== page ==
Islamabad, Pakistan – Pakistan’s top diplomat has embarked on the first visit to India by the country’s foreign minister in 12 years.
Bilawal Bhutto-Zardari arrived in the city of Goa on Thursday to attend the two-day Shanghai Cooperation Organization (SCO) meeting for foreign ministers.
It was the first time a Pakistani foreign minister has set foot in India since 2011. Hina Rabbani Khar, currently Pakistan’s minister of state for foreign affairs, was the last to visit Pakistan’s eastern neighbour.
The SCO is a political and security bloc in Asia whose members are Russia, China, India, Pakistan, Kazakhstan, Kyrgyzstan, Tajikistan and Uzbekistan.
The foreign ministers meeting on Thursday and Friday will be followed by the main Shanghai Cooperation Organization summit in July, in which leaders of the SCO nations are expected to arrive in India.
Observers said the Pakistani foreign minister’s visit to India should be seen through the prism of the multilateral SCO meeting instead of any bilateral implications being taken over his trip.
Mosharraf Zaidi from the Islamabad-based policy think tank Tabadlab, said Bhutto-Zardari being in India is just “an attendance of the SCO meeting”.
“It is neither meant to be a bilateral moment nor likely to generate more than aesthetics as far as interventions between Pakistani officials and Indians,” Zaidi told Al Jazeera.
A difficult relationship
Bhutto-Zardari’s visit to India comes at a time when the relationship between the two neighbours is as close to rock bottom as it has been in years.
In December, Bhutto-Zardari traded barbs with his Indian counterpart, Subrahmanyam Jaishankar, in New York City at the United Nations.
The Indian foreign minister called Pakistan the “epicentre of terrorism”, which Bhutto-Zardari countered by calling Indian Prime Minister Narendra Modi the “butcher of Gujarat”, referring to his time as chief minister of that state when religious riots in 2002 killed nearly 2,000 people – most of them Muslims.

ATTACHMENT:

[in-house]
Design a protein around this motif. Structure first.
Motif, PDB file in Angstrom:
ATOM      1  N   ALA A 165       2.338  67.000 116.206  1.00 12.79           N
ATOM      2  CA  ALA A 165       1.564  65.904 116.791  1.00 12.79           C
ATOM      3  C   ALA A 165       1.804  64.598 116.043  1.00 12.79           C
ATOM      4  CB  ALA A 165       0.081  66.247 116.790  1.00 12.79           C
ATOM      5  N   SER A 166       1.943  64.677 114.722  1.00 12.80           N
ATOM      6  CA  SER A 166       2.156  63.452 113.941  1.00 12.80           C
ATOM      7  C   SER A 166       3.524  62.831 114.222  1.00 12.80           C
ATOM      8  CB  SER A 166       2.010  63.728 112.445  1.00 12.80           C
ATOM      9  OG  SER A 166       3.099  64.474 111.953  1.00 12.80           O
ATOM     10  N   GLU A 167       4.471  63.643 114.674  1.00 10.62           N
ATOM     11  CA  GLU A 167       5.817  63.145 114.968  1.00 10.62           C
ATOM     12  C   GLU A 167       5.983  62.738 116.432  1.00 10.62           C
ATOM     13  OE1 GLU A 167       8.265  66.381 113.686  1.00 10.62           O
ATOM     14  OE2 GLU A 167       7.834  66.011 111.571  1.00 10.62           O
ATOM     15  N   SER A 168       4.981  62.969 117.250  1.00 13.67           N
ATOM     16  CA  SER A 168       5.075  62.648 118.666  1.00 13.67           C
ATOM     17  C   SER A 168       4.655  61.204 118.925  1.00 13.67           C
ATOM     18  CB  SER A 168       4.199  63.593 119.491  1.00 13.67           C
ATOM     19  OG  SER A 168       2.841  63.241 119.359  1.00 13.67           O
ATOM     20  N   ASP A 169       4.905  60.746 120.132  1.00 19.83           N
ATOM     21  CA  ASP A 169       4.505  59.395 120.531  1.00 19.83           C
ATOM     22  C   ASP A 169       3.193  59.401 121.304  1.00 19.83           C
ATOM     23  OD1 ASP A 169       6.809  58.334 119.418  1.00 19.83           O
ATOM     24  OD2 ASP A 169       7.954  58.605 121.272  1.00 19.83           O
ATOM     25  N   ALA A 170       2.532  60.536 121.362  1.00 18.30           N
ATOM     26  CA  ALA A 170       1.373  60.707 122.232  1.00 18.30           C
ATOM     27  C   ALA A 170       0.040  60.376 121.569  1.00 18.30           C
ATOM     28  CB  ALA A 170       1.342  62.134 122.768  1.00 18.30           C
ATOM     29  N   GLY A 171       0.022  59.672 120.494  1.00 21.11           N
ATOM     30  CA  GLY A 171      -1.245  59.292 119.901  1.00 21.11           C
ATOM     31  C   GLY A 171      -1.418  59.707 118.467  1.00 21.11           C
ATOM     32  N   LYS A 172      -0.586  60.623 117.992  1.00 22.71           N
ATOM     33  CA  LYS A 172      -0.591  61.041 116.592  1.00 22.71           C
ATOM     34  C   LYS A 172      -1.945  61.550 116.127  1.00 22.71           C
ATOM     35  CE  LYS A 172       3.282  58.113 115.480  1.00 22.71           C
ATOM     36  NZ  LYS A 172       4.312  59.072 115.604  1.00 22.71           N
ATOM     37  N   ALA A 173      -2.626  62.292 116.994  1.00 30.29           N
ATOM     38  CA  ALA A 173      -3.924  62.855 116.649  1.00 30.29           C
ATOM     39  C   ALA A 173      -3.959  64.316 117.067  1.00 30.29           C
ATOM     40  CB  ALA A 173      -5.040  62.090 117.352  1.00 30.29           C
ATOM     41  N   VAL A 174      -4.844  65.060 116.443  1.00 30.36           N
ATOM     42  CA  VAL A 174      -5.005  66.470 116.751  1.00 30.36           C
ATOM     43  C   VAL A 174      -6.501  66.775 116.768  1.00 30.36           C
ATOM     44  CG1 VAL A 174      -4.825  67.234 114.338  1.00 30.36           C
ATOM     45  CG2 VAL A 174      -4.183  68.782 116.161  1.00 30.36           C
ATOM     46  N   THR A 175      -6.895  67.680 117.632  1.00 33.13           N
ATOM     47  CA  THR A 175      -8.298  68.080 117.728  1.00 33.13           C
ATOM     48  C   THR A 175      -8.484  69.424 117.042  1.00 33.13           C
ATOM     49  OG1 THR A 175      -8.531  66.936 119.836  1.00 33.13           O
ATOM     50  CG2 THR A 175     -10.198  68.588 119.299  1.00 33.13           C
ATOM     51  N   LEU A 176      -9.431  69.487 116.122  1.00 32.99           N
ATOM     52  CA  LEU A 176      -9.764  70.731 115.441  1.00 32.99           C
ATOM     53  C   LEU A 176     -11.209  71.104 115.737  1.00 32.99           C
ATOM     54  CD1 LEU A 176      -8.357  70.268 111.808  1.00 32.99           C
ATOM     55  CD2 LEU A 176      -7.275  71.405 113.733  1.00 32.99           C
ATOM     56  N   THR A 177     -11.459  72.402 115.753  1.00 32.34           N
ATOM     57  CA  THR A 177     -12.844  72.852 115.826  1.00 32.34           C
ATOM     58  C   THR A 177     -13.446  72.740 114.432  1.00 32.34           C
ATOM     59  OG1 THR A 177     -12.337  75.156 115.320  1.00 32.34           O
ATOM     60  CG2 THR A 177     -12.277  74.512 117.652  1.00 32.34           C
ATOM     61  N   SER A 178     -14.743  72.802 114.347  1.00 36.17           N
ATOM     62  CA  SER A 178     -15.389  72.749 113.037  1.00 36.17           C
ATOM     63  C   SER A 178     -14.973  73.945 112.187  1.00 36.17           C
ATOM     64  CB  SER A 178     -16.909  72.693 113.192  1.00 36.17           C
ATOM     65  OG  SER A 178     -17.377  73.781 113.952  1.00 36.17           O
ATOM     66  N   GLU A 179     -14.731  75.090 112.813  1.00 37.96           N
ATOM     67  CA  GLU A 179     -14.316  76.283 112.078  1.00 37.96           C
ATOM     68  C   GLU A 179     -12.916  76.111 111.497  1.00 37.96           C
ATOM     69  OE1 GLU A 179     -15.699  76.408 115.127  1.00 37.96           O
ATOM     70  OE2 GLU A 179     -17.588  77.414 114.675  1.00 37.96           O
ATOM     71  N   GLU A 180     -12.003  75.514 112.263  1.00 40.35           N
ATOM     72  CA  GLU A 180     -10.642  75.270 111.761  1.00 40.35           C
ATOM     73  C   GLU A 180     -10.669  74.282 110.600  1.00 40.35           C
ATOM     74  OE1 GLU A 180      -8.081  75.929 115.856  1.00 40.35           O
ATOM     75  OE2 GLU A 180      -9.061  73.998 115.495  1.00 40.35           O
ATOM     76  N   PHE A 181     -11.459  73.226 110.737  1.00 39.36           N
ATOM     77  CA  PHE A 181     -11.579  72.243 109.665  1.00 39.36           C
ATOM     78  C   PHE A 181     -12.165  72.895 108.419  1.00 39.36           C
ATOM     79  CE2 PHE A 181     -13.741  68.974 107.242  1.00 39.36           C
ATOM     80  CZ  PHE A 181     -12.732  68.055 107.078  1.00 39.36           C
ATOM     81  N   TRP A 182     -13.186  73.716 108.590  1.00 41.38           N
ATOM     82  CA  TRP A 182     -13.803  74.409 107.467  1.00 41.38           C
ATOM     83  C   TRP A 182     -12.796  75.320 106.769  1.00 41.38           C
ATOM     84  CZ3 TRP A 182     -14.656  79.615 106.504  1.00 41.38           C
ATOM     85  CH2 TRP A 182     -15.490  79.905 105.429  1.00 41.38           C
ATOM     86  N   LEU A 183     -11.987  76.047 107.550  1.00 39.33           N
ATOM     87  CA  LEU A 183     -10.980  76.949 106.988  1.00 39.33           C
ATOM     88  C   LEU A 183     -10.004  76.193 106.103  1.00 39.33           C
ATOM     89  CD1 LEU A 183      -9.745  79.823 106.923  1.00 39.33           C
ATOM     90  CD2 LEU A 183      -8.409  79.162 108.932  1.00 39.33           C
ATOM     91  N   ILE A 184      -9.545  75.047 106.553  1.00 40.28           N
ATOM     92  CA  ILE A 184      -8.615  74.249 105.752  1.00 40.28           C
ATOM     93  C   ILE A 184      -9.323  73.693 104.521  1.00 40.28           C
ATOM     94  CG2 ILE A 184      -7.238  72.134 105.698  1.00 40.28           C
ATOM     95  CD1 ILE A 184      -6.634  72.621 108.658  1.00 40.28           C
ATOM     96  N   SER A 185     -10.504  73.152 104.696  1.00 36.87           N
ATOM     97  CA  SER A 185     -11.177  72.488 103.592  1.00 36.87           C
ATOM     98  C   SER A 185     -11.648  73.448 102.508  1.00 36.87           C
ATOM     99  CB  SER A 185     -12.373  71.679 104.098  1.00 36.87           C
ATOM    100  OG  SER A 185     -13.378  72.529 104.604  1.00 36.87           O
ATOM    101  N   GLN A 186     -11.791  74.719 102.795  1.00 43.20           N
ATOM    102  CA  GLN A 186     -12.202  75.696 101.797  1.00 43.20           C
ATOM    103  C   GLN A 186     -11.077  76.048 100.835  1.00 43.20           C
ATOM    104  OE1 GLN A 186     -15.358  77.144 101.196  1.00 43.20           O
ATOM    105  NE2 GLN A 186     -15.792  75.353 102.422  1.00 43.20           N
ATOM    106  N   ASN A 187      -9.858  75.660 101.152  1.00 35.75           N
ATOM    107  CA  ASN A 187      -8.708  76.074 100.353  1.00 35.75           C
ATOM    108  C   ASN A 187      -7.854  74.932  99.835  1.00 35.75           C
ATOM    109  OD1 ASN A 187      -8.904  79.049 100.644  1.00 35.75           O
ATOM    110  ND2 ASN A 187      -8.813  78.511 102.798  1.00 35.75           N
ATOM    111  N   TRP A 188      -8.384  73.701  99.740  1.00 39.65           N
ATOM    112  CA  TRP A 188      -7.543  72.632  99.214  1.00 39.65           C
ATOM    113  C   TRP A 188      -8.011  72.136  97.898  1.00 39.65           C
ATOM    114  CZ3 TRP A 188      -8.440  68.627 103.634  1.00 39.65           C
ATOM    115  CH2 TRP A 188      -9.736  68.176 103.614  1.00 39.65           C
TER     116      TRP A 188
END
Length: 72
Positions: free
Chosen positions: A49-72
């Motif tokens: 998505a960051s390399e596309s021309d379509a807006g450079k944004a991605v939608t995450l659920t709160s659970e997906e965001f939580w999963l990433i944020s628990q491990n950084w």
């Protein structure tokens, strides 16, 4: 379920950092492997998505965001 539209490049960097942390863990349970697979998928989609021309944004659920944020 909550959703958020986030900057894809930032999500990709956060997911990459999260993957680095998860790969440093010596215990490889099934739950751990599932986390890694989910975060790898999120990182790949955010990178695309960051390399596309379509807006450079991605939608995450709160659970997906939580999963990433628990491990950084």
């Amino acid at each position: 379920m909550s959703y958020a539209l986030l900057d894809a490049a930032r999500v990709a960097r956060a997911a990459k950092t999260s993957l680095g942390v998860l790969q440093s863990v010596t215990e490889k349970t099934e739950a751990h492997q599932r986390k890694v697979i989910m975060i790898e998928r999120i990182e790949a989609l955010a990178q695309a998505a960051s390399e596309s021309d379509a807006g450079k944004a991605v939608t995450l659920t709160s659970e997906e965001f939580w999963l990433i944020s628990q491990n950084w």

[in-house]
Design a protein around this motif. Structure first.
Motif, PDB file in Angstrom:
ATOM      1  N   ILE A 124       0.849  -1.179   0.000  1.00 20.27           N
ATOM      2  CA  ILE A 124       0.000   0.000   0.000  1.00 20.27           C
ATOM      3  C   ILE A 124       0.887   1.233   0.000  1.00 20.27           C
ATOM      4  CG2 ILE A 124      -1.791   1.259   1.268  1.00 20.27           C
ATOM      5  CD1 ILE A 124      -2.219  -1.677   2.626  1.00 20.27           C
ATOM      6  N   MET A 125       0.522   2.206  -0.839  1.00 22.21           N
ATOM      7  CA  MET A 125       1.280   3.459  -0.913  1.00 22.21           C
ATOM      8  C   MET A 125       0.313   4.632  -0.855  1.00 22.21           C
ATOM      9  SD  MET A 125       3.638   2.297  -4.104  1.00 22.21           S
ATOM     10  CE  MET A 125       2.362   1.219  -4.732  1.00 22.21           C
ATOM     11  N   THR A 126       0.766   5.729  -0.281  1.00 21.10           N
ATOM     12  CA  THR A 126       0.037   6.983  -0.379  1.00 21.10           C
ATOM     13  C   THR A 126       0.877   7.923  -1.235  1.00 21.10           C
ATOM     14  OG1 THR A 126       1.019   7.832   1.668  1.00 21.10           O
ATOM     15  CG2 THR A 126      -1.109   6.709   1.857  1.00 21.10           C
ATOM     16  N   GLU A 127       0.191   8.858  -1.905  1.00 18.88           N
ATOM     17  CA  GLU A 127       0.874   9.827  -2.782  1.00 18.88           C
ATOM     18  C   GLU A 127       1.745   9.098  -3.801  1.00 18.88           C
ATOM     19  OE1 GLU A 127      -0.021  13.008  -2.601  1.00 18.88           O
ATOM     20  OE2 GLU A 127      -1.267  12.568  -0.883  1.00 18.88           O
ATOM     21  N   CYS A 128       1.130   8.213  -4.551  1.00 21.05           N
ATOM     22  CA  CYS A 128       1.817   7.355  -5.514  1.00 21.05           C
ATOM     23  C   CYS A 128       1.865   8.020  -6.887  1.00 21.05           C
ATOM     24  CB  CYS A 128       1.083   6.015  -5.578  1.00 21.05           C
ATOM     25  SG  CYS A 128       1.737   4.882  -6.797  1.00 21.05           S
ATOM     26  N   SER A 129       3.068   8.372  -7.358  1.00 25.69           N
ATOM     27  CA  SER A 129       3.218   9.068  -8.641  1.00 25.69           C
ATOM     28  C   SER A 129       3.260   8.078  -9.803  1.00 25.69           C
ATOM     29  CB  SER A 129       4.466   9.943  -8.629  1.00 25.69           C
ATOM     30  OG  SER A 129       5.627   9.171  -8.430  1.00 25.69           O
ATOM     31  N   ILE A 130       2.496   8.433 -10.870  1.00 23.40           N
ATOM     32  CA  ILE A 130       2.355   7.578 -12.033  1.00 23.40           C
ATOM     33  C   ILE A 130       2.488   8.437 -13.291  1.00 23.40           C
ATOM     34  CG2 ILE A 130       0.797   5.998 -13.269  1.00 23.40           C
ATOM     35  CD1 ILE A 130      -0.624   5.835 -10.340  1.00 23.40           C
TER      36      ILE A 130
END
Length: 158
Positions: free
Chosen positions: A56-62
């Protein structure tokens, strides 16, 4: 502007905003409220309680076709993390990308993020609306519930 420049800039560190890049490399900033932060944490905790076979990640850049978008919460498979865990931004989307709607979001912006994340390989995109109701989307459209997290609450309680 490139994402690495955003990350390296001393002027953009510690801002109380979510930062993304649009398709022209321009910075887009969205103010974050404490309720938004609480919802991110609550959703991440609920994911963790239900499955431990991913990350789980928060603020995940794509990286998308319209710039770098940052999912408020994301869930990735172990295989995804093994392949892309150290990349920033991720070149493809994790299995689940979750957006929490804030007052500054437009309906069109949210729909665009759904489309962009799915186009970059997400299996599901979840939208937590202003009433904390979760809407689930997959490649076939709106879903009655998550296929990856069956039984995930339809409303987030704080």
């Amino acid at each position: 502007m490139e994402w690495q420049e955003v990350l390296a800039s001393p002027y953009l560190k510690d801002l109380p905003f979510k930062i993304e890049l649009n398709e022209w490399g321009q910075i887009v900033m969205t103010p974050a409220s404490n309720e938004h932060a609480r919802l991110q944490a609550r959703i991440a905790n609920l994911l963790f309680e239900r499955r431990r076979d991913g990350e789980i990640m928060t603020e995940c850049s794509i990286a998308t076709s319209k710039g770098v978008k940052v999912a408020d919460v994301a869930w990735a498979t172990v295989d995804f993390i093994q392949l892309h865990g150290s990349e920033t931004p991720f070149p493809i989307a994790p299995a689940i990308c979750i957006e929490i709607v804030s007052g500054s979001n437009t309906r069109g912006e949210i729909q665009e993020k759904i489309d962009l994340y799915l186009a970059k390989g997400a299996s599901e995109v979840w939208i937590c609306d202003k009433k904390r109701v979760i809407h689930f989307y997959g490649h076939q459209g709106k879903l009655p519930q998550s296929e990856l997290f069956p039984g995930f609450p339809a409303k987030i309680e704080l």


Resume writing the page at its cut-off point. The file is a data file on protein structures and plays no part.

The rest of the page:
The two South Asian rivals historically have had a difficult relationship, especially over the Himalayan region of Kashmir, which was split between the two in 1947 after the end of British rule.
Pakistan has vigorously protested Modi’s Hindu nationalist government’s unilateral decision in August 2019 to revoke Article 370 of the Indian Constitution, which granted Indian-administered Kashmir partial autonomy.
In February that year, the two nuclear-armed nations came on the brink of war when an attack in Indian-administered Kashmir killed more than 40 paramilitary soldiers.
State of ‘deep-freeze’
After Bhutto-Zardari’s decision to attend the SCO meeting was announced last month, Jaishankar indicated no bilateral meeting with his Pakistani counterpart was likely in Goa.
“Where this particular meeting is concerned, we are both members of the Shanghai Cooperation Organisation, so we typically attend its meetings. We are the chair this year, so the meeting is taking place in India this year,” Jaishankar told reporters during a visit to the Central American nation of Panama.